AGH Study Advances Tool Used in Determining Treatment for Patients with Pulmonary Arterial Hypertension
Thursday, March 21, 2019
PITTSBURGH, Pa. – A study conducted by researchers at Allegheny General Hospital (AGH), part of Allegheny Health Network (AHN), has demonstrated the value of an innovative tool used to predict survival for patients with pulmonary arterial hypertension (PAH). The new PAH risk score calculator is expected to become the most commonly used risk prognostic tool for patients suffering from the rare but fatal disease, according to AHN cardiologist Raymond L. Benza, MD, who served as principal investigator of the study.
Published in the February issue of CHEST, the official publication of the American College of Chest Physicians, AHN’s research was tied to data from the Registry to Evaluate Early and Long-Term PAH Disease Management (REVEAL), the world’s largest databank on PAH. The updated risk score system, known as REVEAL 2.0, takes into account additional data not previously factored into the REVEAL score, which includes information about other coexisting diseases, such as kidney disease; a 6-minute walk distance test; certain blood tests; pulmonary function tests; right heart catheterization; and information from previous hospitalizations.
The new research compared results from the updated REVEAL 2.0 risk score with the original REVEAL calculator as well as several European-based risk calculators. According to the study, scores derived from REVEAL 2.0 were more closely associated with an accurate survival risk than its predecessor or the European methods.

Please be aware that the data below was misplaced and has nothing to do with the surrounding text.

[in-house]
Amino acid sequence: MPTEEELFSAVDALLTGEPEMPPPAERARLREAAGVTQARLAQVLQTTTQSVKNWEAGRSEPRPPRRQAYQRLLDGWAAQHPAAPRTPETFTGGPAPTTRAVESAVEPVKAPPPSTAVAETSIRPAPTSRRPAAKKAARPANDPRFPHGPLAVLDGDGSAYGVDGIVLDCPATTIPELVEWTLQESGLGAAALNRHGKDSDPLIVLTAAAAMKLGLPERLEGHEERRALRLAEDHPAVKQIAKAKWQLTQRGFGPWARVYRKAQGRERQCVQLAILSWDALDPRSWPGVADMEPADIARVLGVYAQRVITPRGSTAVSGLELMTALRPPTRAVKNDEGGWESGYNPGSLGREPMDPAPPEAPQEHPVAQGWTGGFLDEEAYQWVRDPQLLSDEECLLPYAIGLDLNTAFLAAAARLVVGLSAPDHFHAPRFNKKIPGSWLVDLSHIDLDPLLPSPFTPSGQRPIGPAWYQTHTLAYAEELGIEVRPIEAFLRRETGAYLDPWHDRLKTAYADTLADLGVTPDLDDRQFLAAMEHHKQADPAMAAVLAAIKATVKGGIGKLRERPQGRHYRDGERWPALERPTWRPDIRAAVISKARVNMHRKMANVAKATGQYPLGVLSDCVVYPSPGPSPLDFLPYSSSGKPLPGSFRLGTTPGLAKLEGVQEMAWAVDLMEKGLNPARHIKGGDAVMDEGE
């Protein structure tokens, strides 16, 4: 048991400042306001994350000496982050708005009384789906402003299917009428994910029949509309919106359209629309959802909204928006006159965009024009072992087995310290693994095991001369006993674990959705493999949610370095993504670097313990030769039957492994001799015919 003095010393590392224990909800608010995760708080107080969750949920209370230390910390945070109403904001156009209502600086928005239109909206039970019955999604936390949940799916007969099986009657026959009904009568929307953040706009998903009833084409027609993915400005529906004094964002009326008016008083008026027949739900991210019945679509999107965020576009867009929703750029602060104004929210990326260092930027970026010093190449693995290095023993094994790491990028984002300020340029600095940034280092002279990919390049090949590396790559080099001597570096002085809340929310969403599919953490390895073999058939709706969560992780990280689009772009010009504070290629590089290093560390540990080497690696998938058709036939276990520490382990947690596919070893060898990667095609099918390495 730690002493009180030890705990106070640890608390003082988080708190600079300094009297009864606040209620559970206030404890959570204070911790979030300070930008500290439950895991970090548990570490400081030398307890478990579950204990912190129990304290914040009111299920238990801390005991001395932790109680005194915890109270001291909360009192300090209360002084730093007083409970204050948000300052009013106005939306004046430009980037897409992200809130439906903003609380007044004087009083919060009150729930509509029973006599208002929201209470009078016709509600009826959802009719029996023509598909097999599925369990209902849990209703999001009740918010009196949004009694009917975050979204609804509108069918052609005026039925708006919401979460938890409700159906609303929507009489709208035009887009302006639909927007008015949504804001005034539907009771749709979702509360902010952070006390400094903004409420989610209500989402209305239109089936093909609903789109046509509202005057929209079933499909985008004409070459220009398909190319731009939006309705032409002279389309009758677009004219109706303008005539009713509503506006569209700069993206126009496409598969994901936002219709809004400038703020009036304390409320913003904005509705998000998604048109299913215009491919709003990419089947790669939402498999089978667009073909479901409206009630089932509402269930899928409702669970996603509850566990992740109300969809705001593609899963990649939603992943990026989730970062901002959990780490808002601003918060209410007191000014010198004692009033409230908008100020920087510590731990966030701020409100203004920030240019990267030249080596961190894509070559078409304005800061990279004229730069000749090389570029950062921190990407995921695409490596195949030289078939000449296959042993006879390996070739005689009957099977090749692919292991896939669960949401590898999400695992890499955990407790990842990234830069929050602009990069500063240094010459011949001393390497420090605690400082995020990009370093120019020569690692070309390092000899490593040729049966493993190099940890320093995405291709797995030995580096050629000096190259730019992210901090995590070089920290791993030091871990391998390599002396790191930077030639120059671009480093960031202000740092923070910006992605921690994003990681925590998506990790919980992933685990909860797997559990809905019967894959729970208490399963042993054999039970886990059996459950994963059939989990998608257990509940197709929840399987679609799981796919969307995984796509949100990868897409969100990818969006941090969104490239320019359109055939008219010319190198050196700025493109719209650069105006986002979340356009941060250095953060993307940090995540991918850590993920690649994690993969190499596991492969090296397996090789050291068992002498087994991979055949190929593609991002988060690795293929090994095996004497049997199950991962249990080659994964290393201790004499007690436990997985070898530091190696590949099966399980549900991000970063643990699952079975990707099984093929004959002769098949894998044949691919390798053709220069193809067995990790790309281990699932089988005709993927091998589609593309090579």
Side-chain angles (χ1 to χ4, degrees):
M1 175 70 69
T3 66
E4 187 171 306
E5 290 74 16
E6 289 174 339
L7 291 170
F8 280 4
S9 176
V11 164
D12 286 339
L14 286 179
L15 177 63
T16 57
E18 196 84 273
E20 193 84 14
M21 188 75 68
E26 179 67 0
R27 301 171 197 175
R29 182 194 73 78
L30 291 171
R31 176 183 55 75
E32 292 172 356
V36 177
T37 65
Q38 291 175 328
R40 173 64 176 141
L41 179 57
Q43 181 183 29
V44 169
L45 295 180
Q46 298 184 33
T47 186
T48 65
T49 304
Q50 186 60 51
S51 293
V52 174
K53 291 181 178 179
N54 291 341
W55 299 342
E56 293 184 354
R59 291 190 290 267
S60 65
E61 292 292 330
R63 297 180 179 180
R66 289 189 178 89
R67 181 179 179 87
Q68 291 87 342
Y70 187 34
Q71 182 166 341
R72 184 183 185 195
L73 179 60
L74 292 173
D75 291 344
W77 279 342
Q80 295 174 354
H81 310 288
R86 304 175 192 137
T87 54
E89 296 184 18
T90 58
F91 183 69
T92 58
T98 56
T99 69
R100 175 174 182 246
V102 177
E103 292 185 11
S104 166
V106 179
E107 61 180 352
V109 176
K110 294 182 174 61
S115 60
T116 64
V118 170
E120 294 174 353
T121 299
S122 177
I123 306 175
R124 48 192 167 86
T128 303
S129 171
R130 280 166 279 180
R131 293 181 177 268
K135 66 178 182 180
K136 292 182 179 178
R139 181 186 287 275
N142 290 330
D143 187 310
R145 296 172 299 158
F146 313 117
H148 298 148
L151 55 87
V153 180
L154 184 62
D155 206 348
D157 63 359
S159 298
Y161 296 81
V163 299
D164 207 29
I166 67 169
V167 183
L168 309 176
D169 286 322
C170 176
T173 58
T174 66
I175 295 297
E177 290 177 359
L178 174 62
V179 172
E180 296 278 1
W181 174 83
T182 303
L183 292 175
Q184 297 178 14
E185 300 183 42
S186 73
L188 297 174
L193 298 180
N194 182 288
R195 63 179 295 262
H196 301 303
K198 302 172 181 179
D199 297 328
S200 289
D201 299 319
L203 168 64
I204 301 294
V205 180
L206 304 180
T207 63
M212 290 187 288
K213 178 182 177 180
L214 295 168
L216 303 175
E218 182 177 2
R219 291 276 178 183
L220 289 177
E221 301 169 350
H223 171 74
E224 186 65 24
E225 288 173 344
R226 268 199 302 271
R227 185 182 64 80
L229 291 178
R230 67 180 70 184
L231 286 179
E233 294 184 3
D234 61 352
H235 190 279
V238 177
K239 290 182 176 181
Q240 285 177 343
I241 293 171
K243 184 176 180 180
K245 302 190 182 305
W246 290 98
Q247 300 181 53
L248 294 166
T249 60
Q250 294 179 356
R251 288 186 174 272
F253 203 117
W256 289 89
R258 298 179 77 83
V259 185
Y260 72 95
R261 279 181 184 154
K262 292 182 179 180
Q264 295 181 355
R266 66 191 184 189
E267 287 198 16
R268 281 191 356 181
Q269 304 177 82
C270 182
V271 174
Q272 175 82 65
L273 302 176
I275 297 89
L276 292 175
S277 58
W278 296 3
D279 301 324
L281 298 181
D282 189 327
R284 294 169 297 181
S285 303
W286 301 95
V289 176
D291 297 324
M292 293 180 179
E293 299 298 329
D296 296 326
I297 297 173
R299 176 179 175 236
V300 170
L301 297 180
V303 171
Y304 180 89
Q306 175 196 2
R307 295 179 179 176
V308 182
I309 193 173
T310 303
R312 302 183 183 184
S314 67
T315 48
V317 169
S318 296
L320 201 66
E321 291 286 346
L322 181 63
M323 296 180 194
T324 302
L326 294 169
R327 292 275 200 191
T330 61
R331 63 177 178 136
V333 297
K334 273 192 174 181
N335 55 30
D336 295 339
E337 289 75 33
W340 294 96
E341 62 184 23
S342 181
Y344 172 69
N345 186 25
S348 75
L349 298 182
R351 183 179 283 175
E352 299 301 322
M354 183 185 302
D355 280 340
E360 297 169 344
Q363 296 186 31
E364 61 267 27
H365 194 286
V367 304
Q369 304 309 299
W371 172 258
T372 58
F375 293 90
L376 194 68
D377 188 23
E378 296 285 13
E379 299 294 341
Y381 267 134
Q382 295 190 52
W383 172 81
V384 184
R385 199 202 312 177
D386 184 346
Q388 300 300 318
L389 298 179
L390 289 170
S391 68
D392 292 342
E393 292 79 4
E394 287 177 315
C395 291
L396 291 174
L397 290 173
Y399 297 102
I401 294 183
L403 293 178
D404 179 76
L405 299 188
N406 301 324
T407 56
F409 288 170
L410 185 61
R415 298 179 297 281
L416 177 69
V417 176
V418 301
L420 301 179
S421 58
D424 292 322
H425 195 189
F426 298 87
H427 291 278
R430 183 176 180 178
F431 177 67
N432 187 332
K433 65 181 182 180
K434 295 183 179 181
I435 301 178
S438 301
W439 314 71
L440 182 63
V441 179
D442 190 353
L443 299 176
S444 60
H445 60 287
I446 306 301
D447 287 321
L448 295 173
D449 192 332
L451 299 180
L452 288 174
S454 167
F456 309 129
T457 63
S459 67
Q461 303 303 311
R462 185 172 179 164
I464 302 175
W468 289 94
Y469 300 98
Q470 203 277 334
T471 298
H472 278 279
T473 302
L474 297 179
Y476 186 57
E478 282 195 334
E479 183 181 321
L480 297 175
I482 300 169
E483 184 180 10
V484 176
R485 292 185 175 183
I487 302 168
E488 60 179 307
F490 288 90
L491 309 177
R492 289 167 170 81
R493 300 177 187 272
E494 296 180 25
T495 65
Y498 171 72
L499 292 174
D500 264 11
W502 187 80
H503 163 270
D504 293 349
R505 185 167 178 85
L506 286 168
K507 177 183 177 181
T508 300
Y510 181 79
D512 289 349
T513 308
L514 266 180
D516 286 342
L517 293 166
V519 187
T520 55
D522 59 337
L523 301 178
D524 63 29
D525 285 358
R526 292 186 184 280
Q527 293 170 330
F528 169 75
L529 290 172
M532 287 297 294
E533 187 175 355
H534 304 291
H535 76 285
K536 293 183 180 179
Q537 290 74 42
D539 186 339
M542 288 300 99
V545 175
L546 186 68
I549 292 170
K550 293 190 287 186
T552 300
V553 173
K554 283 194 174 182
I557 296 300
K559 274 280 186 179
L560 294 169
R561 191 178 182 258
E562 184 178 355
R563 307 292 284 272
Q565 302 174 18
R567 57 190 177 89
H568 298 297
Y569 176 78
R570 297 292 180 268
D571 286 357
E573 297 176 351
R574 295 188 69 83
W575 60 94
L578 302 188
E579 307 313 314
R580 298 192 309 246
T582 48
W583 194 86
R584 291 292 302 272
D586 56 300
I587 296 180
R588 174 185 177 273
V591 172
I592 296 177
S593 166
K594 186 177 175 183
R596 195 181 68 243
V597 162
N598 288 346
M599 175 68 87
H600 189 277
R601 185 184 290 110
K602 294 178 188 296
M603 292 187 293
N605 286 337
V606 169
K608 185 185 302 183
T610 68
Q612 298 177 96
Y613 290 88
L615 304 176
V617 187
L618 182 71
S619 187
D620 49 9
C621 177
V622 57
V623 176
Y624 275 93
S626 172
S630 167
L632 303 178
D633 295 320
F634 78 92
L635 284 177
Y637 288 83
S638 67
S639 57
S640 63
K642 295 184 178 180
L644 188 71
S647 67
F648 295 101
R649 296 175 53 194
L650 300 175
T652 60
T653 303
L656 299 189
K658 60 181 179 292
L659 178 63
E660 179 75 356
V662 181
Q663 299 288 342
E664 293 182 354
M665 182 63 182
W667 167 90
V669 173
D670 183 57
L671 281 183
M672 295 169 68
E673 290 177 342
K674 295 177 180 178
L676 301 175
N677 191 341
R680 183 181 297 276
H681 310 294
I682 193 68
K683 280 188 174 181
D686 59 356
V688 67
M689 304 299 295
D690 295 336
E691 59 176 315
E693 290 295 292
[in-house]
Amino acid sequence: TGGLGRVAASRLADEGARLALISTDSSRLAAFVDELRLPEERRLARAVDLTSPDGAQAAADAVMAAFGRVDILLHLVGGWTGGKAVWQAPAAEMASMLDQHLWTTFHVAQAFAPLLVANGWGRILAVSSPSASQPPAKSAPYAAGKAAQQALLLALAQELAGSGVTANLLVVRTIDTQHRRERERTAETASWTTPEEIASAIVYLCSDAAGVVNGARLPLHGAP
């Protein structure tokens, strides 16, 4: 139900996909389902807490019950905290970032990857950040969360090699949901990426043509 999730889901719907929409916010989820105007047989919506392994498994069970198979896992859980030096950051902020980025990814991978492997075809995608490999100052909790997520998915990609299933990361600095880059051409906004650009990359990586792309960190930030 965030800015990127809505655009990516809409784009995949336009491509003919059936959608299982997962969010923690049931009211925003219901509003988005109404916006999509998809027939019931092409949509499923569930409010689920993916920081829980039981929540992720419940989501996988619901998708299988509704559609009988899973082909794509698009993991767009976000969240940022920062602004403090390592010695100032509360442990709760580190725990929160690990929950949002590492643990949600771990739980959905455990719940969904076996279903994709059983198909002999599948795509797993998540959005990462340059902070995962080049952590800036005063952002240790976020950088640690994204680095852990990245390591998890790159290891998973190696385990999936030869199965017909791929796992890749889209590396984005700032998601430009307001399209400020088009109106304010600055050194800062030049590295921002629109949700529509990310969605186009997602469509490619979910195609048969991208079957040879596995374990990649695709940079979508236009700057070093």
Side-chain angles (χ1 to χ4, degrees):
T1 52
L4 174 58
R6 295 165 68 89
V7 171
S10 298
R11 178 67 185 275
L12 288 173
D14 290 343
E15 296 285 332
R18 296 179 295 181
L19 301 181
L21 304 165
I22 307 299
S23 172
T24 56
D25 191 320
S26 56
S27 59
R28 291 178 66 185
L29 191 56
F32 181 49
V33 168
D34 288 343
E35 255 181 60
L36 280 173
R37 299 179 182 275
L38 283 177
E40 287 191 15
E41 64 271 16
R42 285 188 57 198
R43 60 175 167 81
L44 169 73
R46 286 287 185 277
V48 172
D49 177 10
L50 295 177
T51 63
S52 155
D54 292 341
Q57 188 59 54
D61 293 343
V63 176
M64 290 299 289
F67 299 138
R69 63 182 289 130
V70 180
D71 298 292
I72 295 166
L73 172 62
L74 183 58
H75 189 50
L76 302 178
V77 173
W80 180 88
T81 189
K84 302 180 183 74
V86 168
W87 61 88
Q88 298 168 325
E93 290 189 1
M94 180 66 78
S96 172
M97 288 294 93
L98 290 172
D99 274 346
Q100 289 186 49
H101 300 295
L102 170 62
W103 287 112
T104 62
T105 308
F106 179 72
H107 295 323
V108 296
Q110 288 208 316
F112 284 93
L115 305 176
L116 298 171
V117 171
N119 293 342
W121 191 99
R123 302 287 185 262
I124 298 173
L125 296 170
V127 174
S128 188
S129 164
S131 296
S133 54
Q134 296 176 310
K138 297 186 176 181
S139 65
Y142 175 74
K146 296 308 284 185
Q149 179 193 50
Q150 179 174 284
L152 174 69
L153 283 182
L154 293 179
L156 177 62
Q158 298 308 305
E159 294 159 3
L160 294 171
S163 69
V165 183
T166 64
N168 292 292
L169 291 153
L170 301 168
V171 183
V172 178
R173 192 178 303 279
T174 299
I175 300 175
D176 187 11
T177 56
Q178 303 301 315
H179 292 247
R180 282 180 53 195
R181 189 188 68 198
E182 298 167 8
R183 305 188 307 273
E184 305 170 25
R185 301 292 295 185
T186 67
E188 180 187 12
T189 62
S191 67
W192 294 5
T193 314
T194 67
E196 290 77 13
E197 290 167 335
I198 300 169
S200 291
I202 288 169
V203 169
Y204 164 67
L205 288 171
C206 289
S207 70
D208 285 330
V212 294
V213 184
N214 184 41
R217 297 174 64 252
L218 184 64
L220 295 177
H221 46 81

“By the time most patients suffering from PAH are diagnosed with the disease, their symptoms are severe and their life expectancy may only be a few years. So it is crucial to establish the proper course of treatment as quickly as possible in order offer the patient the best chance for a longer survival,” explained Dr. Benza, Medical Director for Advanced Heart Failure, Transplantation, Mechanical Circulatory Support, and Pulmonary Hypertension for the AHN Cardiovascular Institute. “Using these validated risk-based reassessments and treatment algorithms, cardiologists can work with their patients to guide treatment strategies so that patients receive timely, effective care and disease management.”
There is no cure for PAH, which affects about 15 to 50 people per million in the U.S. Though one form of a broader condition known as pulmonary hypertension, PAH differs from more common forms of pulmonary hypertension, which are usually caused by other underlying diseases of the heart, lungs, or other organs. PAH occurs when the very small arteries throughout the lungs become narrow in diameter. This increases the resistance to blood flow through the lungs, and eventually the increased blood pressure can damage the heart.
AGH has earned Pulmonary Hypertension Care Center (PHCC) accreditation by the Pulmonary Hypertension Association (PHA), an accreditation that recognizes a healthcare facility’s pulmonary hypertension program that excels in diagnostic capabilities and has the capacity to appropriately and comprehensively manage pulmonary hypertension patients through a set of criteria established by the PHA.
“AHN prides itself on providing leading-edge care for people with all forms of cardiovascular disease, including the rarest illnesses like pulmonary arterial hypertension,” said Srinivas Murali, MD, Co-Chairman, AHN Cardiovascular Institute and Interim Director, Department of Cardiovascular Medicine at AHN. “This work pioneered by Dr. Benza and his team offers fresh hope for people facing this challenging, life-limiting disease.”